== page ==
On the way to the car it is a long barren walk with a high fence to the left. I don’t make eye contact with anyone outside the fence; they are begging for money, you become their sister, friend and  cousin all in the time it takes you to reach the other side to get your ride.  While waiting I was continually accosted by a woman smiling, smiling at me and making money signs with her hands, indicating that because she was there I should give her money.

One thing I noticed is that everyone is so skinny, the only reason they offer to help is because of the money, nothing else.  In a country such as this, 10million plus with very little means of income, begging is the only other means of survival.  Leaving the airport, the car is air-conditioned, the air outside is pungent with all types of smells, burning, food, pollution, exhaust and decay.  The windows must stay up at all times; I have that luxury in a country where less than 1% do.  There are so many cars, mostly SUV’s, trucks, buses, colourful pick-up trucks with people hanging from them in an effort to get to their destinations.

More colourful buses I have never seen.  They’re all brightly painted — the Haitians are very good artists, you see their art, from metal carvings to dried branches painted white for Christmas.  Stretch upon stretch of art line some of the streets, with every hue of the rainbow, making you want to buy all of them.  So many sellers and no buyers.  Everyone is selling something, everything seems to be covered in dust and dirt but so they press on.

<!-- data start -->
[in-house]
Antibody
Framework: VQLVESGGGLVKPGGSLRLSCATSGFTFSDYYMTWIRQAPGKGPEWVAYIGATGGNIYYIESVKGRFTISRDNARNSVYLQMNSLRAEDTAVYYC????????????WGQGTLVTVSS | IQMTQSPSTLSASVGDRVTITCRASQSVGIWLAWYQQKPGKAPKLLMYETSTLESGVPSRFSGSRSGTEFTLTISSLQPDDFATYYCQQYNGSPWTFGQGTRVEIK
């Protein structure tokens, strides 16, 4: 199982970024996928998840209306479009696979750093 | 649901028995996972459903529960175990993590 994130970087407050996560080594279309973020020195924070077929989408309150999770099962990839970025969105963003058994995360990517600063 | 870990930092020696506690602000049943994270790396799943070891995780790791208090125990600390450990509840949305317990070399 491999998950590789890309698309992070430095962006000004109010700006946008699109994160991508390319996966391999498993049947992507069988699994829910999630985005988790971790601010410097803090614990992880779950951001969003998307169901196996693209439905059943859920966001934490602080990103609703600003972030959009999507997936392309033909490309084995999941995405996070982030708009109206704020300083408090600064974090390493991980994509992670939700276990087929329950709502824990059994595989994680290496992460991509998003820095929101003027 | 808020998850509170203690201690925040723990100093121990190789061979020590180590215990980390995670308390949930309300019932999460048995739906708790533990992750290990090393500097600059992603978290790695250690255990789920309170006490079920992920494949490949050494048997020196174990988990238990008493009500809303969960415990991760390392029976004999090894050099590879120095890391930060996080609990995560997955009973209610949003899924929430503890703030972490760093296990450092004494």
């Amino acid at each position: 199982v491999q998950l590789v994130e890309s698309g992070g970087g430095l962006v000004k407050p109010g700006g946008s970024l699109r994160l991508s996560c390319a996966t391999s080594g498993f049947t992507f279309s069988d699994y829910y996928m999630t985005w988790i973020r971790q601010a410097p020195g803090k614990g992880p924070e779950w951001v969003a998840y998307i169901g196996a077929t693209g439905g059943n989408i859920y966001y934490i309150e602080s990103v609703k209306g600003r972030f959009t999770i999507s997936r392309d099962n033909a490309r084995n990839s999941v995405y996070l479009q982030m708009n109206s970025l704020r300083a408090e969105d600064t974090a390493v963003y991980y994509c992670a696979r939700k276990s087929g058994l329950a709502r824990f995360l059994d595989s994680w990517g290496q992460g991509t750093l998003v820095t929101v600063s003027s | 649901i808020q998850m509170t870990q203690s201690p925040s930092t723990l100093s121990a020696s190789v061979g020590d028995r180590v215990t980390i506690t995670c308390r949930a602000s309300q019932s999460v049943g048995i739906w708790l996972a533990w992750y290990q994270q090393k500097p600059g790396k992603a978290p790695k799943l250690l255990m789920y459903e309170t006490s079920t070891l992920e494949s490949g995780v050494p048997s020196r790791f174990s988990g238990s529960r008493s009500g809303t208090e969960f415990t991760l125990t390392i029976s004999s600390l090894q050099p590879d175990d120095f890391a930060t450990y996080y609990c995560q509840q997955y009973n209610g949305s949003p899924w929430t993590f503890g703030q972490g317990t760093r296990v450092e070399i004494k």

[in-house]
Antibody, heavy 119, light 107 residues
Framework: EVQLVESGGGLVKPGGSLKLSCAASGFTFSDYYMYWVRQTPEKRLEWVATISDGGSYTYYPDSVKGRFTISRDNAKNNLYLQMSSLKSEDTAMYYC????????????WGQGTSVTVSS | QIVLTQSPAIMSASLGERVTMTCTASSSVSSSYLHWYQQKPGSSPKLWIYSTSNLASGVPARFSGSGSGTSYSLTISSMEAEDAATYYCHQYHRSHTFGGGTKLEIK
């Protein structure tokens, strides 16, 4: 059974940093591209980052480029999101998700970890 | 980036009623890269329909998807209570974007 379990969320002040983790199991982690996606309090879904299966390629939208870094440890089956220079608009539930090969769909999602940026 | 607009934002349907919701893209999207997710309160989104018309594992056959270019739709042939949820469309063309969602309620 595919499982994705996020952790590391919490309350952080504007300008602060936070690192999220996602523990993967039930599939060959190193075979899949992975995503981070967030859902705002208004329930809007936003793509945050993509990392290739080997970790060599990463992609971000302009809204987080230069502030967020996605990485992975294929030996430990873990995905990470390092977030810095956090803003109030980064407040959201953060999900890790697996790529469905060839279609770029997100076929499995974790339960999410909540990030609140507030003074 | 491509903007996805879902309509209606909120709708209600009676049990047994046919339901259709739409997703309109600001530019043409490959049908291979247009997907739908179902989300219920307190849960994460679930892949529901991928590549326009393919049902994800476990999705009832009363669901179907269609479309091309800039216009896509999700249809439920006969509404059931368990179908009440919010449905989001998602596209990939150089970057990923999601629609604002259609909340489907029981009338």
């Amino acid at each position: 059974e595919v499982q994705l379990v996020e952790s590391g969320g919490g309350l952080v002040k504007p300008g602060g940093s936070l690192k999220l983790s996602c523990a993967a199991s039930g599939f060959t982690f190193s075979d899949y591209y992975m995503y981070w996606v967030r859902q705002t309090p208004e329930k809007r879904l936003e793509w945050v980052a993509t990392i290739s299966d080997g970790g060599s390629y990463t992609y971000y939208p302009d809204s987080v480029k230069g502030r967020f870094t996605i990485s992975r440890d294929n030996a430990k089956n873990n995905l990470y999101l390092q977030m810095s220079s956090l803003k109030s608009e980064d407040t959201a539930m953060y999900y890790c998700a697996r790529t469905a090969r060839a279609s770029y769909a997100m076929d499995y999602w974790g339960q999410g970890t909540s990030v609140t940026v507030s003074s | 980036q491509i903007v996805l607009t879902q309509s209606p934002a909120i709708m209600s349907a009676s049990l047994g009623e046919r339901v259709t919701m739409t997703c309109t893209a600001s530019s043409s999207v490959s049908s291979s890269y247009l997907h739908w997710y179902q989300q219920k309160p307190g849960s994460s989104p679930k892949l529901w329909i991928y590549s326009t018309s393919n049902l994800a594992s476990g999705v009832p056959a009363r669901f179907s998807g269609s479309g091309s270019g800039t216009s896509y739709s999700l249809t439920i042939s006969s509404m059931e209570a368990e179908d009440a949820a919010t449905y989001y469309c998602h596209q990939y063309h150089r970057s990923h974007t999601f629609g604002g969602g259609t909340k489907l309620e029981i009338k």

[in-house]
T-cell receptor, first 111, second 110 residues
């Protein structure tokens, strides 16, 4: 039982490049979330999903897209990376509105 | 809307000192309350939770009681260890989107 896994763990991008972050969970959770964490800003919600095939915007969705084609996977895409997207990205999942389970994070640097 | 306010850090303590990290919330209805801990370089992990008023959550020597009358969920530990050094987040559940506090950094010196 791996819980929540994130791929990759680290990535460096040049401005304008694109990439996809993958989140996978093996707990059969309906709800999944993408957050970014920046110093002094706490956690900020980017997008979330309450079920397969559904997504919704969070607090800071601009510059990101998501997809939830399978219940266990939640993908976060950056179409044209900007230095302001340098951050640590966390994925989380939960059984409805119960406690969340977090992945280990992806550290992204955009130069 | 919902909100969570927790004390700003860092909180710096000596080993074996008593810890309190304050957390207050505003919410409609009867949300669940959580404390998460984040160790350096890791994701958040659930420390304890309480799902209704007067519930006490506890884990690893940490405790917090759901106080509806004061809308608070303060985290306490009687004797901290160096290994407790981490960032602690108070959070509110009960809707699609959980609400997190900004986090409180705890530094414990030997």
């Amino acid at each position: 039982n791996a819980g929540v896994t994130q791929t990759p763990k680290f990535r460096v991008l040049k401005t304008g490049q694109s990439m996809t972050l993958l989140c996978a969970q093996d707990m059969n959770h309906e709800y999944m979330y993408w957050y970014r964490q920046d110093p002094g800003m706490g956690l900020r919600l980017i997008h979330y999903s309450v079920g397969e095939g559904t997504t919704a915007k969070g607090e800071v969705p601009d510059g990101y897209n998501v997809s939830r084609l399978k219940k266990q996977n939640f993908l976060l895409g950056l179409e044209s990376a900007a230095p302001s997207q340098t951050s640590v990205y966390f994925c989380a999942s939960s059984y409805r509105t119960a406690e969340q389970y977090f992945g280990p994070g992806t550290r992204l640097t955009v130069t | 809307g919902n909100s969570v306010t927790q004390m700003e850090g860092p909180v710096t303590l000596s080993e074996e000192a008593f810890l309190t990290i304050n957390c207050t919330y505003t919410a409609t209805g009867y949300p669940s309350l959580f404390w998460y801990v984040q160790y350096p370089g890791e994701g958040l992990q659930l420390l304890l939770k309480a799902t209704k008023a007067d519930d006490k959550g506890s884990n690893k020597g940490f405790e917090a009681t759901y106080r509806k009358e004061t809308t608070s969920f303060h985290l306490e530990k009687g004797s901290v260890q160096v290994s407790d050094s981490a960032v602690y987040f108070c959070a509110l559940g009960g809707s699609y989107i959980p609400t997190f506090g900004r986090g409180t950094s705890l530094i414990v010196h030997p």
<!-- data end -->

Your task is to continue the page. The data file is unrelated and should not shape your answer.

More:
What else is there to do?

The traffic is horrendous, dusty, smoky and smelly. The roads are of the like which I have never seen before, some so steep and rough, I don’t believe that there are paved roads in Haiti; the short cuts take the longest times.

Cars pass each other closer than a coat of paint.  I am holding on for dear life and people on the back of motorcycles are dialling their phones with one hand.  I don’t know how they do it.  I am impressed with this ability, to be on a motorcycle going up a track with potholes the likes I have never seen.

Steep hills up and down, winding roads and everyone is rushing, the roads are so narrow they can barely hold two cars. Vendors ply their goods in between the cars in the traffic with all sorts of items for sale on the road.  We don’t stop as it is about 2 hours to our destination.

We finally get to the house with 12 foot walls and steel roll-away doors guarded by an armed security officer.  This  is my base.  I will be escorted anywhere I go by a driver at all times. I am not allowed anywhere on my own, especially as I do not speak the language.

I made it I am here, now I await my luggage.

Stay tuned for Allison’s next dispatch.